Oddly, the first way to fight a surge of DACA illegals might be to make them legal.
As a group, the dreamers score highly on Canada’s immigration selection criteria. We place a high value on applicants who are young, speak at least one official language, are educated and thought to be “adaptable” to Canadian society. Most of the dreamers would score well; high school graduation was a condition of DACA membership and a majority have, or are getting, college/university credentials. Almost all speak English. They are mostly in the target age.
Should we create a fast-track, one-time immigration process? Should we see the dreamers as a gift delivered to our door?
Former Immigration Minister, now Alberta Premier, Jason Kenney famously put up billboards in Silicon Valley inviting tech-heads to apply to Canada. Would he have swung the door open for this big population of young, educated, North Americans?
It might not be that easy. Moving fast on the dreamers necessarily means moving slower on everyone else. Applicants from Latvia to Singapore to Brazil are waiting to get into Canada and might have credentials at least as impressive as the dreamers. There is a fairness issue to consider.
Canadian policy is to evaluate applicants on individual merits. Creating a program identifying a community of people on geographic origin would be a significant departure.
And the dreamers will often have families. Behind a big cadre of applicants may be a bigger crowd of dependents.
Whether fast-tracking the dreamers is a smart move or not, the question is meaningless unless you can actually make the track go fast. Whether we’re assessing the dreamers as immigration applicants, or plodding through the refugee determination process with them, the resources needed to manage a large surge would need to rise exponentially.
It’s true that every part of the migration challenge will be addressed more effectively if there are more resources to manage it. A speedier immigration system will retain the loyalty of applicants and of our own employers, urgently seeking qualified workers. Faster reviews of refugee claims will reduce the cost to Canadian municipalities and also remove the “benefit” of delay, which may currently attract applicants with weak or entirely specious claims.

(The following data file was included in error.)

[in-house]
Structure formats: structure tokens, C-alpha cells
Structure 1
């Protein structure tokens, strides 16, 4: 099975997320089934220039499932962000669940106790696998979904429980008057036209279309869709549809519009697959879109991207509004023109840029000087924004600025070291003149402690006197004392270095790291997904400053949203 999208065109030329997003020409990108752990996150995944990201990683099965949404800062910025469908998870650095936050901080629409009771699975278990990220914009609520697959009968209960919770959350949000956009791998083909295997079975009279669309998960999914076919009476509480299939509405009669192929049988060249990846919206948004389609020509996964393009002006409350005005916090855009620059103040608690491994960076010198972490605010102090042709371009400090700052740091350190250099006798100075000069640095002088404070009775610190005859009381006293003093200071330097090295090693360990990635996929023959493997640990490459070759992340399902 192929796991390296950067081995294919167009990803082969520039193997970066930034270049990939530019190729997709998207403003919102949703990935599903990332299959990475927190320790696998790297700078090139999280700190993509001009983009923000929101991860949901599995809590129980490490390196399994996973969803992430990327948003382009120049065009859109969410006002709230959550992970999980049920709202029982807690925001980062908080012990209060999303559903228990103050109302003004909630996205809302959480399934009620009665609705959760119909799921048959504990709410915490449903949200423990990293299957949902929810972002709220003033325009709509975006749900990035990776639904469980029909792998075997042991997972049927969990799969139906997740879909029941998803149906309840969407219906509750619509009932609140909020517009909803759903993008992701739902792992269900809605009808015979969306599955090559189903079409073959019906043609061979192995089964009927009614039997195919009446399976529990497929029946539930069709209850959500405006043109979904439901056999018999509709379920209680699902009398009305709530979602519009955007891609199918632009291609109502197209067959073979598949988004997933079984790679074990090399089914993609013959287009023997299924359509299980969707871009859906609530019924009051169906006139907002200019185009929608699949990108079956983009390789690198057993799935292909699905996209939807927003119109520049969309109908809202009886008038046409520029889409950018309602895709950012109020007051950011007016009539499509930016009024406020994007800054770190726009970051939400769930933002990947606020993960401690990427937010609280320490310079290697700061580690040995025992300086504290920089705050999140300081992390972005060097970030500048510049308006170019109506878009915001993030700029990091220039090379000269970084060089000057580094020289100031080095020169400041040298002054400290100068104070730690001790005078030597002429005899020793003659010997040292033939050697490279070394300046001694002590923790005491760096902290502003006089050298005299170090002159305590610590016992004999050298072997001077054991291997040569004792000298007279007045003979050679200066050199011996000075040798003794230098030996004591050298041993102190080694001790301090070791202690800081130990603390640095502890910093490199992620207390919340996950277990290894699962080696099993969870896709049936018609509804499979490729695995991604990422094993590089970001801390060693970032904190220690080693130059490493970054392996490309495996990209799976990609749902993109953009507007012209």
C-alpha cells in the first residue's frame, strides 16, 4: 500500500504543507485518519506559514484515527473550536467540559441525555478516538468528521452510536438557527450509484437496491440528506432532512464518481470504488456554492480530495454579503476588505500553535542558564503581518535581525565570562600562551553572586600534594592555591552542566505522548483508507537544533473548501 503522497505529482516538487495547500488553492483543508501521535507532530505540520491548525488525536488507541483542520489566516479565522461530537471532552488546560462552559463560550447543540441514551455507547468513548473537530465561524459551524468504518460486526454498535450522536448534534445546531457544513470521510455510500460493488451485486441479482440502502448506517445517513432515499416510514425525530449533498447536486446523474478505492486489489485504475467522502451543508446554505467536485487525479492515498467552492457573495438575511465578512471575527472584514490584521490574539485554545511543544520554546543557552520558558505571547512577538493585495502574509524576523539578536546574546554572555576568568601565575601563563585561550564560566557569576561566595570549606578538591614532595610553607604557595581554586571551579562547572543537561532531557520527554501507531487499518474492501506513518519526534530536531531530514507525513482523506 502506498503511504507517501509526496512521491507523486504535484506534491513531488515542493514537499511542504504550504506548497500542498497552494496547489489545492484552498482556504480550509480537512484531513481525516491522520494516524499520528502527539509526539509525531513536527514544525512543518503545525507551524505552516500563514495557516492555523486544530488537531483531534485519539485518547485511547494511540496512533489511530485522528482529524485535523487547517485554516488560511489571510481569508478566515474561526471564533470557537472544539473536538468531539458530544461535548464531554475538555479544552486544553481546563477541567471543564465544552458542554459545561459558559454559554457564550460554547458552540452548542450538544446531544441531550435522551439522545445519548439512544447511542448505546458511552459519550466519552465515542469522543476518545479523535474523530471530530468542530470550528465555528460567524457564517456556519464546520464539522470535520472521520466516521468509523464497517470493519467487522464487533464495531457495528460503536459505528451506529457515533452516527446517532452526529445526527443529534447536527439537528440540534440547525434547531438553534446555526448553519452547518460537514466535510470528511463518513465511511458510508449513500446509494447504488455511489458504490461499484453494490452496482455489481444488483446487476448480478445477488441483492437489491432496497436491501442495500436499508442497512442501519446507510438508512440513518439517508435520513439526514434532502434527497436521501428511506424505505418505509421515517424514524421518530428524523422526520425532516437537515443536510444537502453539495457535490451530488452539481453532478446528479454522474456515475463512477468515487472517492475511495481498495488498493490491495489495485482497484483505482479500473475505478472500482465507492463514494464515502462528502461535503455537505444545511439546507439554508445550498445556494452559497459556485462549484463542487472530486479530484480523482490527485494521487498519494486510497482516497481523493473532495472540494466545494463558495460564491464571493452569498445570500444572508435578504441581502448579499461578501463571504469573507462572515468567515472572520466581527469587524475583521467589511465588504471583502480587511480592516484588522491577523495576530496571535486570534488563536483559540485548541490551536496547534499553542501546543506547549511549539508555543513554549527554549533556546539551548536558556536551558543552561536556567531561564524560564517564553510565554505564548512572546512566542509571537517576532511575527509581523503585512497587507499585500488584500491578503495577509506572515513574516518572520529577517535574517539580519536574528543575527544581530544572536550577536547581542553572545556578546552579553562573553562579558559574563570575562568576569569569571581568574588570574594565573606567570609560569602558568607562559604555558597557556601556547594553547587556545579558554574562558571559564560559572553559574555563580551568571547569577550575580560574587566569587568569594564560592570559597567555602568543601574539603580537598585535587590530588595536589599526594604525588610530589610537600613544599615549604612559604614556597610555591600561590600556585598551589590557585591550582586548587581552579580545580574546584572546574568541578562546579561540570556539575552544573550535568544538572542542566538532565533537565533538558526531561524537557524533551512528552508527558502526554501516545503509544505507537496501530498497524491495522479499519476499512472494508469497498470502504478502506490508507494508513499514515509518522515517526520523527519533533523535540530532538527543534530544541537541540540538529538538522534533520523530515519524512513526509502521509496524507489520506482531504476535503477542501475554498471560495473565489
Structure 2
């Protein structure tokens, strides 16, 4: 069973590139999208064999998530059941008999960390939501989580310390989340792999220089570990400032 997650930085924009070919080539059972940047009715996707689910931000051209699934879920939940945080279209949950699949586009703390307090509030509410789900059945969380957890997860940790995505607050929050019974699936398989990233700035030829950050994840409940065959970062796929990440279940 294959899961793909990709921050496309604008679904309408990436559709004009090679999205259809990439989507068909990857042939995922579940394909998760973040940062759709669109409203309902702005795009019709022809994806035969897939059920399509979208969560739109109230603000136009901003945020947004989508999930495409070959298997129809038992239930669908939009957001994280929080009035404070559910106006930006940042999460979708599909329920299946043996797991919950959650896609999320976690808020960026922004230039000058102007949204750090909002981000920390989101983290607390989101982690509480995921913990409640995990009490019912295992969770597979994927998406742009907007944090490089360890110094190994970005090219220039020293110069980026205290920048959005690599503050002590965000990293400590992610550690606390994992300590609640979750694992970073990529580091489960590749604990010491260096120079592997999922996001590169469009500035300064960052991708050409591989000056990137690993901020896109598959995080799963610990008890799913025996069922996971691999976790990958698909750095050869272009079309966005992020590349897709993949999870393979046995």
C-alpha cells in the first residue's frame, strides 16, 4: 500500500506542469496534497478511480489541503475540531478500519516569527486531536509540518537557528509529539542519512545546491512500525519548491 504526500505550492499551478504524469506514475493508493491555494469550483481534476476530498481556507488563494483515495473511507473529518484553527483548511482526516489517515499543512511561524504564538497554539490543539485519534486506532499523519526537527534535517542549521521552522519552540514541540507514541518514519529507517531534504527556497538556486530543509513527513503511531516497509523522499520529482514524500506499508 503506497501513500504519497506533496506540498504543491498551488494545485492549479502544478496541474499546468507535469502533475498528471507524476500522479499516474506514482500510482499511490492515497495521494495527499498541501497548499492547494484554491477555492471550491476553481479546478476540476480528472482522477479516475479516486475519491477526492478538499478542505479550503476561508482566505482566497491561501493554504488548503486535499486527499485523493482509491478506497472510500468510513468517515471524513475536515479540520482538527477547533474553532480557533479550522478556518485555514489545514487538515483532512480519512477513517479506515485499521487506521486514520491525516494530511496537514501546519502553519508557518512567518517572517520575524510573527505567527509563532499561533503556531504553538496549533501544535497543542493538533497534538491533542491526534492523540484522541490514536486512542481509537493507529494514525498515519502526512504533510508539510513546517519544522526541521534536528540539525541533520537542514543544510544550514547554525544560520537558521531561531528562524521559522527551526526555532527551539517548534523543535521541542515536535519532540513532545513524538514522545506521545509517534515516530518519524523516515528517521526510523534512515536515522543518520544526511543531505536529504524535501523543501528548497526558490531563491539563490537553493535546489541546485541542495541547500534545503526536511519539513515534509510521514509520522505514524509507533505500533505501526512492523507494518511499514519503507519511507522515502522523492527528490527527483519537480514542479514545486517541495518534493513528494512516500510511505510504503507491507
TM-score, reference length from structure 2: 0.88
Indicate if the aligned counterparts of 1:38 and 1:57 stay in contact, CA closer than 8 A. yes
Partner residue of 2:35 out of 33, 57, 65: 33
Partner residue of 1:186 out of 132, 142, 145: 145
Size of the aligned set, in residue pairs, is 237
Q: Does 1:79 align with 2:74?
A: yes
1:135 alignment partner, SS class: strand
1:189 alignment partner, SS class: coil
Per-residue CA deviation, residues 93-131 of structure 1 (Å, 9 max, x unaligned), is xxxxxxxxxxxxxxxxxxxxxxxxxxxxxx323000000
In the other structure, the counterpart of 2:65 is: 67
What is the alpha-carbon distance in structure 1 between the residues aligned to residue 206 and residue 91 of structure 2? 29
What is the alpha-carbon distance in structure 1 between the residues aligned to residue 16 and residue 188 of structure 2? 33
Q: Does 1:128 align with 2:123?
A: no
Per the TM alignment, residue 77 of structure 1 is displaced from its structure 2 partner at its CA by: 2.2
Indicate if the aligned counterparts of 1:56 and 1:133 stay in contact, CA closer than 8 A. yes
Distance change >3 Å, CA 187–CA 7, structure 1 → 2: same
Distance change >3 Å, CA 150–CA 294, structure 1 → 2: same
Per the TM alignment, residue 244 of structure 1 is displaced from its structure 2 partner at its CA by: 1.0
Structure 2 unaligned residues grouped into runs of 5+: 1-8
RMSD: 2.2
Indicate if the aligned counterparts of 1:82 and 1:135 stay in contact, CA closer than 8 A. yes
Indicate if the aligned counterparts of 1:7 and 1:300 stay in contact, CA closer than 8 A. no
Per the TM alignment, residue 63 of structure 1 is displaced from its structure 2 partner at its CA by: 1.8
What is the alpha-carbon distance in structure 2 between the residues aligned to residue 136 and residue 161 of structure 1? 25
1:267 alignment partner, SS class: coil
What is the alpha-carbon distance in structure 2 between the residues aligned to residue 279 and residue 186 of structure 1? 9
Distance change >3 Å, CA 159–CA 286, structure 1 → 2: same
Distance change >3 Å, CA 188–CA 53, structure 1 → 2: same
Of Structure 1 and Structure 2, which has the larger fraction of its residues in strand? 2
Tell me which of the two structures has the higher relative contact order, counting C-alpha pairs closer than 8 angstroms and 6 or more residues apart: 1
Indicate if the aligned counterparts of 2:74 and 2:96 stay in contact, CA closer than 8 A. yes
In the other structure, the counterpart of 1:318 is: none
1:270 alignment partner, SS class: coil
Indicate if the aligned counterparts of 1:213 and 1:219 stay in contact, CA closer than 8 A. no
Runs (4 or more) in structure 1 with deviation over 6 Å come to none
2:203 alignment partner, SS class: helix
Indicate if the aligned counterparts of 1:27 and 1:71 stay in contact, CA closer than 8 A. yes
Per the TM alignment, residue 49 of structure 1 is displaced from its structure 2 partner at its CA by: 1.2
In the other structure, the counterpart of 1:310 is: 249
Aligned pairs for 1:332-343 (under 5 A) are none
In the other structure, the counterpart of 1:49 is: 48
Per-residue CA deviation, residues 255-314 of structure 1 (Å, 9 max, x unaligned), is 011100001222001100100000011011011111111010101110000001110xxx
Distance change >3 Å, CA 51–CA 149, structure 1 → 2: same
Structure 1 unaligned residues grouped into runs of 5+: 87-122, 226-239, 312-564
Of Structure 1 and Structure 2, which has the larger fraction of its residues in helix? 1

Demetrios Papademetriou reminds us: “As long as the numbers of such migrants are not too large, you can manage. But no system can withstand really large, sustained numbers of asylum claimants, most of whom will be unsuccessful.”
That last clause raises a very tough question. We know, if they enter illegally, most DACA members will ultimately be ordered out. They aren’t refugees. But will it take a lot of money and a lot of time to reach that point on each case? Is this long, expensive process money well spent?
The dreamers’ situation is very vivid, very theatrical. And it may never become a problem for us. The US Supreme Court may order their protections retained. The US Congress may finally pass a new immigration law. But it’s only one of many migration issues which could confront Canada in the coming decade.
An ever-escalating number of “displaced” people populate the globe; the UN High Commissioner for Refugees says there are 70.8 million today. In addition to the familiar spurs of economic hopelessness, civil war and persecution, the new threat of climate change promises to augment that number still further as more humans are driven from their homes by rising sea levels, drought and starvation.
In the past we were mostly insulated from mass migration, bordered by three oceans and a huge, rich neighbour. But as our neighbour’s attitude becomes more malign and the people in the diaspora become more desperate, we may find ourselves facing pressures we are unprepared for financially, operationally and politically.
Warren Everson is President of Saramac Consulting, which advises public sector and private clients on public policy issues. He has a long involvement with immigration, labour force and asylum issues